Category — Pens & Paper
KickStarter pens don’t get me excited.Â Well, that’s not quite fair, since I like do the Tactile Turn pensÂ by Will Hodges, but everything else I’ve seen have left me uninterested.Â I’m not saying there aren’t manyÂ good pens on KickStarter (and the other sites), but when I start paying more than $2 for a pen, I want a pen that really attracts me – and a higher price tag means the pen has to be that much more special to me.
- Will’s aesthetics really match mine.Â I love the proportions on the Mover and the Gist.Â I like their spiraling grip.Â I like the clips.Â Â Â They’re classy, and simple but not boring.Â I don’t care for the appearances of pens with big bolts or nuts, for pens that are inspired by airplanes, for cylinders pensÂ with sudden discontinuities, for the Pilot Vanishing Point, or the Lamy 2000 (somehow the Lamy 2000 looks all wrong but the Gist looks all right to me).
- Will puts in practical features.Â Both pens feature his spiral grip.Â The Mover has a nice Schmidt knock so it’s a classy retractable.Â The Gist has acme threads for the cap – and the cap posts.Â The Gist is customizable, with interchangeable nibs and grips.
- Tactile Turns are made with fun materials, such as anodized aluminum (Mover), brass, copper, titanium , zirconium (Gist) and Damascus steel (Gist).
- Will does his own work – and his work is good, which makes his pens extra-special for me (side note: we have a machine shop at work, and I love being seeing what comes out of there – machined metal is cool!)Â compared to buying a “designer” pen, where the designers are featured, but the pens are made by who knows…or buying a normal, non-hand-crafted pen.
- Will delivers on time and his prices are reasonable for what you get.
So, yes, I do highly recommend checking out the Tactile Turn Gist Kickstarter page – it has about a week to go (ends 11/5/2015), and prices will be substantially higher afterwards.Â I’m sure these pens doesn’t appeal to everyone, but take a look, and if you like the Gist,Â now is the best time to get one.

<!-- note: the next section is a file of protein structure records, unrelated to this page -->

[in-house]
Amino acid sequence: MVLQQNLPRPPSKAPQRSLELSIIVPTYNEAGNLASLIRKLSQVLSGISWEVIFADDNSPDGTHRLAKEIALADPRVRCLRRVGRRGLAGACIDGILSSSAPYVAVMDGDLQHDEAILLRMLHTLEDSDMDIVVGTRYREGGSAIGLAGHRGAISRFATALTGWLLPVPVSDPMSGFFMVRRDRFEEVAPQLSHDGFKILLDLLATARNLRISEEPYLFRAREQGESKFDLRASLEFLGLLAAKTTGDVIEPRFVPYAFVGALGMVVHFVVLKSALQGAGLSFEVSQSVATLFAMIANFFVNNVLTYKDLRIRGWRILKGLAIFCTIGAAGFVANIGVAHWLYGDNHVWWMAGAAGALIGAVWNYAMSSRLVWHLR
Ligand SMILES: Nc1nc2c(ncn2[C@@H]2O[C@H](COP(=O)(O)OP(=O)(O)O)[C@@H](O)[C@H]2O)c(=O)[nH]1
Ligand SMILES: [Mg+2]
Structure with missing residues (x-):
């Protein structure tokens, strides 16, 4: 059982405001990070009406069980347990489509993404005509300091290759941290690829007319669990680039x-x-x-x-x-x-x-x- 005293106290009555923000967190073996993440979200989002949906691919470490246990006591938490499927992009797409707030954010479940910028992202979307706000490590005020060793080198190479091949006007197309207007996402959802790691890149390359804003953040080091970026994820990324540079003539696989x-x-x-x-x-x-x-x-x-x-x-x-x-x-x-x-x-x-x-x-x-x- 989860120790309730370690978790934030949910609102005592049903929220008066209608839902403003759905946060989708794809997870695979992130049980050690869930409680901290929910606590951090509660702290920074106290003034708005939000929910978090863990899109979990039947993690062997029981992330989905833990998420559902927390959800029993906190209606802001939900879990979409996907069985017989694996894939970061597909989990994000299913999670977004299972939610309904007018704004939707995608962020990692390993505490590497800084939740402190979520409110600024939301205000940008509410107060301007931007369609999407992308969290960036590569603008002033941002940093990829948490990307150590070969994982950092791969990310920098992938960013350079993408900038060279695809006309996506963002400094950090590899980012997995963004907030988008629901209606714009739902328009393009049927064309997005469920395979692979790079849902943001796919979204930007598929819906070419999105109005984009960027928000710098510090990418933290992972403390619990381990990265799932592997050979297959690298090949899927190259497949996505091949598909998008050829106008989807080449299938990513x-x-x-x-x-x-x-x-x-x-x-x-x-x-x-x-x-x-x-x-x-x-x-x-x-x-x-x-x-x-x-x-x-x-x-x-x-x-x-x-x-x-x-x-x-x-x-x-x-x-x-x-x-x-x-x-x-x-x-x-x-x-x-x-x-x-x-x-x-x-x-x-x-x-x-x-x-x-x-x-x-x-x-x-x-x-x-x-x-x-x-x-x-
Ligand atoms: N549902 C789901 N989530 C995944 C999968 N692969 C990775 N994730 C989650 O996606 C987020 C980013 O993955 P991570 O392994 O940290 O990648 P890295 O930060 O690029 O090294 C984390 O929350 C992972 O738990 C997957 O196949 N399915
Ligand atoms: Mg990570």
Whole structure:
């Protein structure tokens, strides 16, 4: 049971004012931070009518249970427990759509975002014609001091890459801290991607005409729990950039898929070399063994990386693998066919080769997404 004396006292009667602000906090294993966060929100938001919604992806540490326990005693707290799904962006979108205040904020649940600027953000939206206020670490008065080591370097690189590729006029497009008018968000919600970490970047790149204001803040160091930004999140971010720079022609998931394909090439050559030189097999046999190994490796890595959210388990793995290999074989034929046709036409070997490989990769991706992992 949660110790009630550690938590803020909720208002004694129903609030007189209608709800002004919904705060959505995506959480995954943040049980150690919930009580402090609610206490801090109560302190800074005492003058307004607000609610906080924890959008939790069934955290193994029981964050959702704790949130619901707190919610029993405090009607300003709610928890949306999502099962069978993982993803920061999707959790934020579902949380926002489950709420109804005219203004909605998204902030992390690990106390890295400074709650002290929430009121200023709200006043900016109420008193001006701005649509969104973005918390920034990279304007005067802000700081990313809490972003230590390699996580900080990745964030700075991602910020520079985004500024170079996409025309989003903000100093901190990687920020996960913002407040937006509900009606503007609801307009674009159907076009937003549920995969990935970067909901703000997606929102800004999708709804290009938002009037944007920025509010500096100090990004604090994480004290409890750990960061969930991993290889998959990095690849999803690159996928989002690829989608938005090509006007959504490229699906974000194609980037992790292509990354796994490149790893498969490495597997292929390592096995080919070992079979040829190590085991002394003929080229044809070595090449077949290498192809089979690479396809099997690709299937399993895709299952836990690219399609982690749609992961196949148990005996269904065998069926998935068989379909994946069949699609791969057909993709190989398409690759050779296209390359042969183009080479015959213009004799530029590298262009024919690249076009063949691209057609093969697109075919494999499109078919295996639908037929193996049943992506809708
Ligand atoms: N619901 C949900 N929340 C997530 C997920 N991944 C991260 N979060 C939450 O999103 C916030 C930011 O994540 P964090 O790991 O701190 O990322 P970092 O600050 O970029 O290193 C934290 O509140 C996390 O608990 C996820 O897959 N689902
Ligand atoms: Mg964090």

Note 11/5/2015: the Gist had a very successful Kickstarter campaign, ending up with $129,796 from 997 backers.Â I will talk more about the Gist when I get mine in January 2016.
October 26, 2015 No Comments
I swiped a lot of pen swag at the Photonics West 2015 Exhibition, but NEC/Tokin’s giveaway deserves to be highlighted: a Pilot Frixion Ball 05 retractable erasable pen with 0.5mm tip.
NEC/Tokin makes an interesting mix of materials, sensors, and components such as capacitors, chokes, and relays.Â Somebody there must like pens, because the Ball 05 isn’t a cheap pen made to be customized.Â It’s a cool pen that’s not even available at retail in the US (and is currently $3.80 at JetPens).
My theory is that NEC/Tokin has been infiltrated by a secret pen addict – and I’m very thankful 🙂
Now onto the pen…this is my first retractable Frixion, but not my first Frixion.Â I still have mixed feelings about Frixions, but this one is definitely a keeper.
I’m still getting used to the knock being the clip – half the time I still press the eraser, but nothing happens….of course, Pilot’s choice makes sense, it just takes a little getting used to it.
I like the tip size (05=0.5mm).Â I also like the tip size of my Frixion Point 04 (0.4mm), but I find the US market Frixions to be too big for my normal writing.Â On the other hand, the black ink isn’t as dark as a gel, and the tip isn’t as smooth as a gel either.
Frixions do have a reputation for running out quickly; I felt my US market Frixions didn’t last very long, but my Point 04 is still going strong, so I hope this Ball 05 will be similar.
March 8, 2015 1 Comment
Over the past few months, I’ve had fun checking out the Daiso Japan store near Mitsuwa marketplace in San Jose.Â The good side is that most items are $1.50, so when I see something new and cool, it’s hard to resist the temptation to add it to the basket to try it out.
Recent temptations have included
This red notebook has paper with a grid design.Â I’ve never seen a grid notebook at retail, but I’ve been curious to find out if I’d like it, so I couldn’t resist the temptation of a mere $1.50 for 80 sheets of B5-sized grid goodness (the grid’s dots are at 5mm intervals).Â My initial impression is, yes, I like it a lot.
This graph notebook with a translucent blue plastic cover was a no-brainer, also at $1.50 for 60 sheets of A4-sized paper.
My kids love these funky pencils with cute designs and a bunch of tips.Â They’re a bargain at $1.00 for a pack of 8.
A4 paper comes and goes at Daiso, so I jumped at the chance at grabbing several 110-sheet packs for a miserly $1.50 each (A4 paper is double that price at Staples or Amazon, and is stratospherically priced at Kinokuniya/Maido).Â Since it’s copy paper, I’ll have to see how does in my inkjet printer.
I might prefer LED light bulbs, but at $0.50 for these 32W, 2100 lumen CFL bulbs, I couldn’t resist picking up a bunch.
The Downside of Daiso
I’ve seen lots of cute and neat things at Daiso over the years (such as brush pens, cute stationery, cute sketchbooks, affordable handy storage boxes, made in Japan dishes, unique egg timers, and more), but it’s kind of like Costco because: